Hot on the heels of a $114 million funding round in which it was valued at $1.1 billion, Seattle startup Outreach is settling into a new office on the Queen Anne waterfront.
During a recent ceremony to celebrate the move, CEO Manny Medina hung out on a couch and watched ferries criss-cross Puget Sound with Fitzgerald, his pet Australian Labradoodle.
“This is our building, our signage is out front, this is our furniture, our carpet,” he said. “Everything here is ours, and so it feels more like home after walking in the desert for so long.”
The company previously resided in a Fremont building, which it leased from local software giant Tableau. Before its tenure on Tableau’s turf, Outreach was headquartered inside the Brooks building at the base of Stone Way. Now, the sales engagement company occupies the upper three floors of a five-story building overlooking Elliot Bay.
“Grit is a part of our core values, and we never want to feel settled,” Medina went on.
The new headquarters sprawl across some 85,000 square feet, with room for around 530 employees. The company currently employs a little over 260 Seattleites, plus a further 60 or so spread across the United States.
Outreach’s co-founders — Gordon Hempton, Andrew Kinzer, Wes Hather and Medina — met at Techstars Seattle in 2011. The team built a sales engagement software tool to help them get more meetings with prospects, but found that businesses were more interested in the tool than their recruiting solution. As a result, the team pivoted in 2014 and Outreach was born.
Outreach automates a wide variety of sales-related tasks like tracking down phone numbers and rescheduling meetings when an “out of office” notification pops up, along with analytics to show which techniques are working. Around 50,000 sales reps use Outreach at more than 3,300 companies worldwide, including Adobe, Microsoft, Cloudera, Zillow and DocuSign.
Medina said his team still has a lot of technical challenges ahead of it, like fine-tuning its data collection from voice mails, emails, chat boxes and so on, then piping it all into a standardized system that’s readable for machines.
“That in itself is a challenge,” Medina said, “and so is doing it at scale.”
Outreach’s other big technical project involves training natural language processing technology to understand the underlying sentiment of communications like email, as well as its literal meaning. The company is honing its technology’s ability to tell whether an email has a positive or negative sentiment (or somewhere in between), and whether it’s an appointment, a deferral or an objection.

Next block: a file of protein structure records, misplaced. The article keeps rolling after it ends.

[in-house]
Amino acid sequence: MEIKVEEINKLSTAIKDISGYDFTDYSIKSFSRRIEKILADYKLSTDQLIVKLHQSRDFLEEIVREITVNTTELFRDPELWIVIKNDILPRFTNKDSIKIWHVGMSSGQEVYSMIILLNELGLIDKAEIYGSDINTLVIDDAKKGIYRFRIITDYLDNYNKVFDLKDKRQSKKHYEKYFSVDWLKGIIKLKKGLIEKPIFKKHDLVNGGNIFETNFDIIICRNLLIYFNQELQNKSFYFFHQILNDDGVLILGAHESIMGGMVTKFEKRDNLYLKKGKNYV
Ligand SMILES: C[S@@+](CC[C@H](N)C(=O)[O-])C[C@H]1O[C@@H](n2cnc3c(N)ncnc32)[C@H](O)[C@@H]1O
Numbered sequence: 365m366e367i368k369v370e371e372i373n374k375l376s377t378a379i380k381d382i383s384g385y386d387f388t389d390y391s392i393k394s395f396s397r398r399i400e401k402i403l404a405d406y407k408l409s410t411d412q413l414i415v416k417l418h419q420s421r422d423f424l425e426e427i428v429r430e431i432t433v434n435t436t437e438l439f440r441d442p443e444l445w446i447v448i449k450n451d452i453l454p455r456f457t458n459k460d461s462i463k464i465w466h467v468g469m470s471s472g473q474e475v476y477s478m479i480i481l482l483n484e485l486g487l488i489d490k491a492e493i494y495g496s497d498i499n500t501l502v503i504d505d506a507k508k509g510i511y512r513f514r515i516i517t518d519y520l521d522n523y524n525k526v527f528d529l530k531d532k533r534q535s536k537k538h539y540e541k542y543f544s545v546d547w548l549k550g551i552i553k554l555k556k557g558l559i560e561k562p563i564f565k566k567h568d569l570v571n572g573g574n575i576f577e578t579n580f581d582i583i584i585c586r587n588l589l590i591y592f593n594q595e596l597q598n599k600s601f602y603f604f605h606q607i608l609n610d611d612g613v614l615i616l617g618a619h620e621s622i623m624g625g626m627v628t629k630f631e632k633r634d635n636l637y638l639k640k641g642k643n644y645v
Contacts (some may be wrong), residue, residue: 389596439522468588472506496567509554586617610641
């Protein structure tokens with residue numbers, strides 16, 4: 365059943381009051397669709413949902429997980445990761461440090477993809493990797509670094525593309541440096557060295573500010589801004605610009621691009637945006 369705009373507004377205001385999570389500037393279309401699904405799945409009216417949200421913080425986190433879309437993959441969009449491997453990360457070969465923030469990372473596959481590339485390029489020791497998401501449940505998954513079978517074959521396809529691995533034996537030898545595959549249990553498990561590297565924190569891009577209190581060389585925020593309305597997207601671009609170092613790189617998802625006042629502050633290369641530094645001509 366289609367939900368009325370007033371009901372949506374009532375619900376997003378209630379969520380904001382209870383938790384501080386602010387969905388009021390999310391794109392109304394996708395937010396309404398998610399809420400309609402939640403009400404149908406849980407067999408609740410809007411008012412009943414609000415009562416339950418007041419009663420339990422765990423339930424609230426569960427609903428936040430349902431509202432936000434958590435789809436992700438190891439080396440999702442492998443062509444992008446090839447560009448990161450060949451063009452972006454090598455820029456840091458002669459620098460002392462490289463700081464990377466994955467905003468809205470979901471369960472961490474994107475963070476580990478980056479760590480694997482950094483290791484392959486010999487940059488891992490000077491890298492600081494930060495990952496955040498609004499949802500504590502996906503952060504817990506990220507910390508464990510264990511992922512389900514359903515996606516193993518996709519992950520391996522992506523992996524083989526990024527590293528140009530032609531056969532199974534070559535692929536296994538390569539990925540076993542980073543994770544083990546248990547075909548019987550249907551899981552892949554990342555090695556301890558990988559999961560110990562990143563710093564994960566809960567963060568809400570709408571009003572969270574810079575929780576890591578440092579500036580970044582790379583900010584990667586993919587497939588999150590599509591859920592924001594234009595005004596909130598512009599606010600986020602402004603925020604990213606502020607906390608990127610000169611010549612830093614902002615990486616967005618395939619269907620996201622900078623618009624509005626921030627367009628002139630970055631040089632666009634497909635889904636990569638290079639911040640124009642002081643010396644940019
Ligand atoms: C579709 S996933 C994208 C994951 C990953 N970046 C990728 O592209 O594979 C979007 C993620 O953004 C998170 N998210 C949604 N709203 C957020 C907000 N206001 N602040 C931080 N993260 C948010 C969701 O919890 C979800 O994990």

If you come with a lot of passion, that goes a long way. We’re a young company full of young people.”
“Our solution isn’t as useful to sales teams if it doesn’t give you the flavor of what’s happening in email chains across a sales team of 200 people — and thousands of individual pieces of communication,” Medina said.
In addition to the company’s own novel technology, Outreach leans on natural language processing research by the likes of Google, Microsoft and Amazon.
“They’re creating models that allow us to easily transfer learnings from one model to another,” Medina said. “That’s relatively new — it didn’t exist even 18 months ago, and it’s all coming online now.”
The company is hiring heavily to build out its machine learning, engineering, sales and customer success teams. In the search for tech talent, Medina said he values passion at least as much as experience.
“Your list of career experiences may not be very exciting or impressive, but if you come with a lot of passion, that goes a long way,” he said. “We’re a young company full of young people.”
So what’s next for Outreach? Medina appears set on going public at some point in the future, and has no plans to sell the business any time soon.
“It’s a long road, but it’s fun,” he said. “I’m not a serial entrepreneur. This is my one good idea, so I’m going to stay with it until it runs out.”